This is a continuation of application Ser. No. 08/052,673 filed Apr. 27, 1993 abanoned.

BACKGROUND OF THE INVENTION

This invention relates to a thermal flow sensor and a heat-sensitive resistor therefor.

Hitherto, a method of detecting the flow of a fluid from the equilibrium state of a bridge circuit including a heat-sensitive resistor disposed in the fluid flow has been applied to thermal flow sensors such as that disclosed in Japanese Utility Model Laid-Open No. 61-108930. A description will be given, with reference to some of the drawings, of a conventional air flow sensor in which a head-sensitive resistor is employed as a heating resistor which comprises a ceramic substrate and a platinum thin-film resistor formed on the substrate.

FIG. 11 schematically shows the arrangement of the conventional thermal flow sensor in which a heat-sensitive resistor is provided. As shown in the figure, a sensor tube 2 is provided at a predetermined position within a housing 1 defining the main passage of a fluid. A heat-sensitive electrical resistor 3 and an air temperature sensor 4 are disposed on the sensor tube 2. Each of the group consisting of the heat-sensitive resistor 3 and a resistor R2 and the group consisting of the air temperature sensor 4 and another resistor R1 is connected in series and these elements form a bridge circuit.

The heat-sensitive electrical resistor 3 has a structure such as that shown in FIGS. 12 and 13 which will be described in detail later. The thermal flow sensor shown in FIG. 11 also includes a control circuit in which the junction 7 between the heat-sensitive resistor 3 and the air temperature sensor 4, partially forming the bridge circuit, is connected to the emitter of a transistor 102, Also in this circuit, the junction 5 between the heat-sensitive resistor 3 and the resistor R2, and the junction 6 between the air-temperature sensor 4 and the resistor R1 are connected to the input terminals of a differential amplifier 101. The output of the differential amplifier 101 is applied to the base of the transistor 102. The collector of the transistor 102 is connected to the positive electrode of a d.c. power source 103, the negative electrode of the power source 103 being grounded.

FIGS. 12 and 13 are a front view and a side view, respectively, of the heat-sensitive electrical resistor 3 shown in FIG. 11. In these figures, the heat-sensitive electrical resistor 3 comprises an electrically insulating elongated base plate 31 supported at one end thereof by the detection tube 2. The base plate 31 is made of alumina. The base plate 31 has attached thereon a heat-sensitive resistor element 32 including a sepertine portion 33 made of a heat sensitive resistor material such as platinum having a resistance which changes with temperature at a positive temperature coefficient. The heat-sensitive resistor element 32 is provided with a pair of lead lines 34 and coated with a protective coating 35.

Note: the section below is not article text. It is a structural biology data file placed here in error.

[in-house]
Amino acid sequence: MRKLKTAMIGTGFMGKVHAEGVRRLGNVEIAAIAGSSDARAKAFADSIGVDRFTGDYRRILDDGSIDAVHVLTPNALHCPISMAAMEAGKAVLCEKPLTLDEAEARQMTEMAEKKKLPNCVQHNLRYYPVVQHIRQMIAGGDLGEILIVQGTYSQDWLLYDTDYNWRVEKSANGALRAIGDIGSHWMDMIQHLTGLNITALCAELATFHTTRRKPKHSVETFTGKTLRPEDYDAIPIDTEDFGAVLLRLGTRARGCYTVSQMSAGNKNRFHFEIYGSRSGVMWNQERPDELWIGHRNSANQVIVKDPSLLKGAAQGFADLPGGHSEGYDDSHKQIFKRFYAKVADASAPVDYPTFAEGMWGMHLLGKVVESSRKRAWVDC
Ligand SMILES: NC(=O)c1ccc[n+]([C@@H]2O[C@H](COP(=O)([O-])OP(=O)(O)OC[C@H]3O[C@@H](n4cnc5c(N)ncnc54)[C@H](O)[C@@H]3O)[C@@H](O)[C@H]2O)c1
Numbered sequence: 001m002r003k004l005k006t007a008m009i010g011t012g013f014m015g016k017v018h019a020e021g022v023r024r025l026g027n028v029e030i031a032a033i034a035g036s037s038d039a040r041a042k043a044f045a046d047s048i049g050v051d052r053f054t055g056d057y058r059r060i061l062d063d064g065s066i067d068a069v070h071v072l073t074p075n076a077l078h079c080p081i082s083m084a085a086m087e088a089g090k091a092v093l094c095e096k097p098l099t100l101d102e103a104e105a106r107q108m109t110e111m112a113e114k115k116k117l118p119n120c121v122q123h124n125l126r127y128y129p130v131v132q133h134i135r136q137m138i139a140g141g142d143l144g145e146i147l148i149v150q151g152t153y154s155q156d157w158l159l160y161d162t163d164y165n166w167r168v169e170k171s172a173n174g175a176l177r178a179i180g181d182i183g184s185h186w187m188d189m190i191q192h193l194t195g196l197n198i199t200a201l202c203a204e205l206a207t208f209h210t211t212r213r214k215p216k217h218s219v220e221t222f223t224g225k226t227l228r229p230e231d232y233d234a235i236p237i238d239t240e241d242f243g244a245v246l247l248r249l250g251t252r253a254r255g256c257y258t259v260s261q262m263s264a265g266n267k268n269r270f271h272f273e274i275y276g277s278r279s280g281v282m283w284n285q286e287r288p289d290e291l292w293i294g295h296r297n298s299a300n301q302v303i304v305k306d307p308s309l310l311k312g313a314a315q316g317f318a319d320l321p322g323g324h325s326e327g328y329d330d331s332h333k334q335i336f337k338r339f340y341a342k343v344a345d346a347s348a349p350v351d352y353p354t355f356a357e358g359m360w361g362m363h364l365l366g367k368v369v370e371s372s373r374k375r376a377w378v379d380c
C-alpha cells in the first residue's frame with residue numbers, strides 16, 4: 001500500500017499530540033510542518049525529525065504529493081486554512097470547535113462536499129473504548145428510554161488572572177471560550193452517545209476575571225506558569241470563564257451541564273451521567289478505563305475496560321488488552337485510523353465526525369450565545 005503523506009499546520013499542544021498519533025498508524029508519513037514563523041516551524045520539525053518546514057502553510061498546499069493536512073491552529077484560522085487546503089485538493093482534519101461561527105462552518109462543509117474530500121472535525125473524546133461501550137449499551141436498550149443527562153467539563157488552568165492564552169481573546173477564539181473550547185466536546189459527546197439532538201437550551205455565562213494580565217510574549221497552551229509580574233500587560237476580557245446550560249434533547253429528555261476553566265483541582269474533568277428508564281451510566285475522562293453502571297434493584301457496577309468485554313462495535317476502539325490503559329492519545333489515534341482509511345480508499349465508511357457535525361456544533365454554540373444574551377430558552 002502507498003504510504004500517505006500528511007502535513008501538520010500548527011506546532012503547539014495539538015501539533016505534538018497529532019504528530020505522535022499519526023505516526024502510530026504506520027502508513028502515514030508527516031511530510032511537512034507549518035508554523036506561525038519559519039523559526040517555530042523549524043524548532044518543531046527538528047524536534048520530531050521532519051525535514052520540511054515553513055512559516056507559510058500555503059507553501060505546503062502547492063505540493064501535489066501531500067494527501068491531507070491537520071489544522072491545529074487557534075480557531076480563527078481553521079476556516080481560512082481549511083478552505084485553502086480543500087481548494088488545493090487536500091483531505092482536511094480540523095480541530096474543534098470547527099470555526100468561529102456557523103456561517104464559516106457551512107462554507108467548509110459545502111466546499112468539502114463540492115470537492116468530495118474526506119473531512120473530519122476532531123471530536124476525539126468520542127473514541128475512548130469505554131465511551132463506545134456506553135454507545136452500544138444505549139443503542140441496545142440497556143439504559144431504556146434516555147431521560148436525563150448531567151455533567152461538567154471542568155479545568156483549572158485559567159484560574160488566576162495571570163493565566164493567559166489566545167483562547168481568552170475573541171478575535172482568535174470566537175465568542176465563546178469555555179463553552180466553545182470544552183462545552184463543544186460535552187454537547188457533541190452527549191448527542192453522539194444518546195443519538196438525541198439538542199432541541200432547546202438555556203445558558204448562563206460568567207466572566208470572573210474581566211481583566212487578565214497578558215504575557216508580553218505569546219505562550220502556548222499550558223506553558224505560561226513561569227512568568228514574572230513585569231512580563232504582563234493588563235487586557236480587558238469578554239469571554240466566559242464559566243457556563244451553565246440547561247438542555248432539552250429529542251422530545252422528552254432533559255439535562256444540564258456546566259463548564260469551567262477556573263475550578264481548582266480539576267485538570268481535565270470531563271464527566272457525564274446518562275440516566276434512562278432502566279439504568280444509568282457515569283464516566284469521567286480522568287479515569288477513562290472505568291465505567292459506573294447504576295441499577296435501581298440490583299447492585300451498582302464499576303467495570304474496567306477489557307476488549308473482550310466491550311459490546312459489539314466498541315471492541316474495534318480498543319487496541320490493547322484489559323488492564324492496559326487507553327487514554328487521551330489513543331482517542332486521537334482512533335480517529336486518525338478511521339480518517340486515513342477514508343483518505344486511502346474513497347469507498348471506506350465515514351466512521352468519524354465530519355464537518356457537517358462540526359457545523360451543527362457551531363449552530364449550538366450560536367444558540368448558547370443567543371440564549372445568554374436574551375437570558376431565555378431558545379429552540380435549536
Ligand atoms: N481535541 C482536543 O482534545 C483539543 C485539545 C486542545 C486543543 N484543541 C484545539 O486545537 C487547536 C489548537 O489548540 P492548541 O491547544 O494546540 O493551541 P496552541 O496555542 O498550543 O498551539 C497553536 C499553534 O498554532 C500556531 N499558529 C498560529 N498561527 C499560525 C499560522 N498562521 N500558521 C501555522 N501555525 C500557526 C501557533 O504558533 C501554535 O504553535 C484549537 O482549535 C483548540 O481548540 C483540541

The operation of the thermal flow sensor having the above-described construction is already known, so that the operation will not be described in detail, and it will be only briefly outlined, When the voltage at the junction 6 and that at the junction 5 have become equal to each other, the bridge circuit achieves its equilibrium state. When a fluid such as air flows through the detection housing 1, the bridge circuit is maintained at its equilibrium state by adjusting the current supplied to the bridge circuit so that the mean temperature of the heat-sensitive resistor element 32 of the heat-sensitive resistor 3 is at a temperature higher than the temperature of the fluid by a predetermined amount. When the fluid speed increases in this state, the heat-sensitive resistor element 32 is cooled and its resistance increases, whereby the equilibrium state of the bridge circuit is destroyed. At this time, the control circuit causes the current supplied to the bridge circuit to increase to additionally heat the heat-sensitive resistor element 32 so that its mean temperature is returned to its initial value, whereby the equilibria state of the bridge circuit is recovered and the flow speed of the fluid can be obtained from the supplied current amount.